A complaint: Furry fan publishing is overlooked – by Fred Patten.
by Patch O'Furr
Submitted by Fred Patten, Furry’s favorite historian and reviewer.
I feel like complaining, and I’m not sure who to complain to.
It’s about the review of the recent FurCon in Science Fiction/San Francisco #161, (PDF), Spring 2015, “Furries in the Fog: Further Confusion 2015” by Christopher Erickson, reprinted in the DP newsdump of April 16. It’s a typical review today of a furry convention for the general public, both accurate and highly favorable. But Erickson said, “I was also able to see all of the dealer room. There was a lot for sale. There were numerous artists to choose from. There were also dealers selling ears and tails. There was a stand with puppets. One stand was selling custom collar tags and license plate covers. Others were selling artisan crafted soaps and lotions. I purchased a few pieces of badge art from one dealer that featured various fandoms.”
This is all too typical of reports of furry conventions by non-furries that praise furry fans’ creativity for making fursuits, original art, puppets, theater, composing music, dancing, etc. – but that NEVER have any mention of furry booksellers or the furry specialty press. Further Confusion is one of the major furry conventions each year, and the three leading furry specialty publishers — Sofawolf Press, FurPlanet Productions, and Rabbit Valley — all have dealers’ tables there. All three attend many furry conventions each year. There are furry book dealers at EuroFurence and at Australian furry conventions. Some conventions such as RainFurrest are quite writer-oriented, with specialty books, or new books debuted at their conventions, and panels on how to write and/or sell furry fiction. Kyell Gold, a leading furry author, has been a popular speaker (and often a guest-of-honor) at furcons all around North America and in Europe and Australia. But you wouldn’t know it from these con reports.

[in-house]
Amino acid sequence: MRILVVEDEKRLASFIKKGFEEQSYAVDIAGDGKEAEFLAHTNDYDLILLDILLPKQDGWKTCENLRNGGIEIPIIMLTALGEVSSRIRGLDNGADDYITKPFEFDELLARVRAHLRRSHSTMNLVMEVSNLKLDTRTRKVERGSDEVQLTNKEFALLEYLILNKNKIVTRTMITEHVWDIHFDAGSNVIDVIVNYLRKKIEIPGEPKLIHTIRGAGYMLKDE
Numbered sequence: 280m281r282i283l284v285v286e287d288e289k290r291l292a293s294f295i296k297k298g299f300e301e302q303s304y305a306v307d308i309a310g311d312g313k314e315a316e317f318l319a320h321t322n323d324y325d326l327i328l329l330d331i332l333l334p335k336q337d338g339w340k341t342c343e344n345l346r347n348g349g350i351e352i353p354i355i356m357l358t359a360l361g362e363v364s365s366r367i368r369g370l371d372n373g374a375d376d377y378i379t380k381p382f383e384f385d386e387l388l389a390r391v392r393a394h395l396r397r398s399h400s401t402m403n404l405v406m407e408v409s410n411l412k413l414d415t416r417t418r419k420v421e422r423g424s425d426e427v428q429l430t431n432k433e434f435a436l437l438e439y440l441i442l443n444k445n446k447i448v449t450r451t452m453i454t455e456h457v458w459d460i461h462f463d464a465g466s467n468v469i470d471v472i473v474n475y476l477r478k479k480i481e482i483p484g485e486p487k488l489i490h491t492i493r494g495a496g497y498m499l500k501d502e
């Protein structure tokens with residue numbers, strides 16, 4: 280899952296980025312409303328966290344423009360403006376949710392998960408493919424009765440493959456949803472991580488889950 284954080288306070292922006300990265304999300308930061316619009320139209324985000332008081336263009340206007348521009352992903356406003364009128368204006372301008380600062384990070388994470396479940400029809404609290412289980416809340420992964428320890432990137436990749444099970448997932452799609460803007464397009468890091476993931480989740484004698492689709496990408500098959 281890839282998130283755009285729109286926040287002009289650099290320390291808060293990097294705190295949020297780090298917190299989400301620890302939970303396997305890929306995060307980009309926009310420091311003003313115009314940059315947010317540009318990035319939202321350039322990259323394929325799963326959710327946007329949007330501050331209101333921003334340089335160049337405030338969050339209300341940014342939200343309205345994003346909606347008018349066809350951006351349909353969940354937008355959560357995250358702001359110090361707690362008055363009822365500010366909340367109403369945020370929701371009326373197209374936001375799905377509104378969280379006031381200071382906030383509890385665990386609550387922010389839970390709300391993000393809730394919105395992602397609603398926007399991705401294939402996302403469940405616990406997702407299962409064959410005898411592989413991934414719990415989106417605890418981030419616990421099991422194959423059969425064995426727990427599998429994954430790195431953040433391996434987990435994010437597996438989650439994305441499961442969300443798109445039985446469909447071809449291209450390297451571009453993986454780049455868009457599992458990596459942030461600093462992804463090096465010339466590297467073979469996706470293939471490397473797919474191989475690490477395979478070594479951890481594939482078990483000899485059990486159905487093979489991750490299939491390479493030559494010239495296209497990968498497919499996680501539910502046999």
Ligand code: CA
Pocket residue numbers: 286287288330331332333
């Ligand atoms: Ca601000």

Sure, furry books and writing are just a minority interest amidst the totality of a furry convention. But they aren’t nonexistent, or invisible. The implication from these convention reports is that furry fans are only interested in fursuit making & wearing, badge art, knickknacks like furry earrings, clocks, soaps and license plate frames, and items that go with outgoing furry social life — nothing literary. As a writer of furry book reviews and an editor of furry short fiction anthologies, I’m both insulted and dismayed by this ignoring of furry literature.
I’m not sure what to do about it, except to urge the fans at a furcon to, when asked by a mundane what furry fandom is about, mention the literary stuff, too.